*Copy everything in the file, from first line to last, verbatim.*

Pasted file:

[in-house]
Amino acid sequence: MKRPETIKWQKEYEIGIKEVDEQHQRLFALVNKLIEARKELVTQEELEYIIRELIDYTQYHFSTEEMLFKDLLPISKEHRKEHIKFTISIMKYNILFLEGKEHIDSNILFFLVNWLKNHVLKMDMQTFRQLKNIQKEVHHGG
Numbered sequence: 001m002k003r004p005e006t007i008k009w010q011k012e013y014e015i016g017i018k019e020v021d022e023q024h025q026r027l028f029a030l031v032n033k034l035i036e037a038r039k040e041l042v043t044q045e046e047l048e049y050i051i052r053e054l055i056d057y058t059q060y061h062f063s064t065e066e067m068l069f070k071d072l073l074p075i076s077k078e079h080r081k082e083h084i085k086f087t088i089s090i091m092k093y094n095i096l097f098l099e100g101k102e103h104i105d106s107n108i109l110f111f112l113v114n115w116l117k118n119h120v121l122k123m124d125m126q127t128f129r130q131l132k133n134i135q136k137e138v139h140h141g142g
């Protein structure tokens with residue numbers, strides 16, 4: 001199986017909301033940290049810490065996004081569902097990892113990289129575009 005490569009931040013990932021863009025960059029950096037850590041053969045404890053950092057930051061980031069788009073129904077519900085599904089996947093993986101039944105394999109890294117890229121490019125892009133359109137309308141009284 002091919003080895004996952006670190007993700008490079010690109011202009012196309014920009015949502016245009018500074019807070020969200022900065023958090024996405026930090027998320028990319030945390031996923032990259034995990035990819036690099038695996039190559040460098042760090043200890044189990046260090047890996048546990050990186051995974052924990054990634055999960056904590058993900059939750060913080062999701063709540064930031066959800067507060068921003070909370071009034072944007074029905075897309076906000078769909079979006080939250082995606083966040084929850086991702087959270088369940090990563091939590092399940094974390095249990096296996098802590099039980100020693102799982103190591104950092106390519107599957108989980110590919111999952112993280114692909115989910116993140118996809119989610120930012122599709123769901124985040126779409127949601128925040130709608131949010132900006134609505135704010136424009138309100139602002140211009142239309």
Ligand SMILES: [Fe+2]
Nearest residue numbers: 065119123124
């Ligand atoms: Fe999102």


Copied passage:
[in-house]
Amino acid sequence: MKRPETIKWQKEYEIGIKEVDEQHQRLFALVNKLIEARKELVTQEELEYIIRELIDYTQYHFSTEEMLFKDLLPISKEHRKEHIKFTISIMKYNILFLEGKEHIDSNILFFLVNWLKNHVLKMDMQTFRQLKNIQKEVHHGG
Numbered sequence: 001m002k003r004p005e006t007i008k009w010q011k012e013y014e015i016g017i018k019e020v021d022e023q024h025q026r027l028f029a030l031v032n033k034l035i036e037a038r039k040e041l042v043t044q045e046e047l048e049y050i051i052r053e054l055i056d057y058t059q060y061h062f063s064t065e066e067m068l069f070k071d072l073l074p075i076s077k078e079h080r081k082e083h084i085k086f087t088i089s090i091m092k093y094n095i096l097f098l099e100g101k102e103h104i105d106s107n108i109l110f111f112l113v114n115w116l117k118n119h120v121l122k123m124d125m126q127t128f129r130q131l132k133n134i135q136k137e138v139h140h141g142g
């Protein structure tokens with residue numbers, strides 16, 4: 001199986017909301033940290049810490065996004081569902097990892113990289129575009 005490569009931040013990932021863009025960059029950096037850590041053969045404890053950092057930051061980031069788009073129904077519900085599904089996947093993986101039944105394999109890294117890229121490019125892009133359109137309308141009284 002091919003080895004996952006670190007993700008490079010690109011202009012196309014920009015949502016245009018500074019807070020969200022900065023958090024996405026930090027998320028990319030945390031996923032990259034995990035990819036690099038695996039190559040460098042760090043200890044189990046260090047890996048546990050990186051995974052924990054990634055999960056904590058993900059939750060913080062999701063709540064930031066959800067507060068921003070909370071009034072944007074029905075897309076906000078769909079979006080939250082995606083966040084929850086991702087959270088369940090990563091939590092399940094974390095249990096296996098802590099039980100020693102799982103190591104950092106390519107599957108989980110590919111999952112993280114692909115989910116993140118996809119989610120930012122599709123769901124985040126779409127949601128925040130709608131949010132900006134609505135704010136424009138309100139602002140211009142239309």
Ligand SMILES: [Fe+2]
Nearest residue numbers: 065119123124
């Ligand atoms: Fe999102």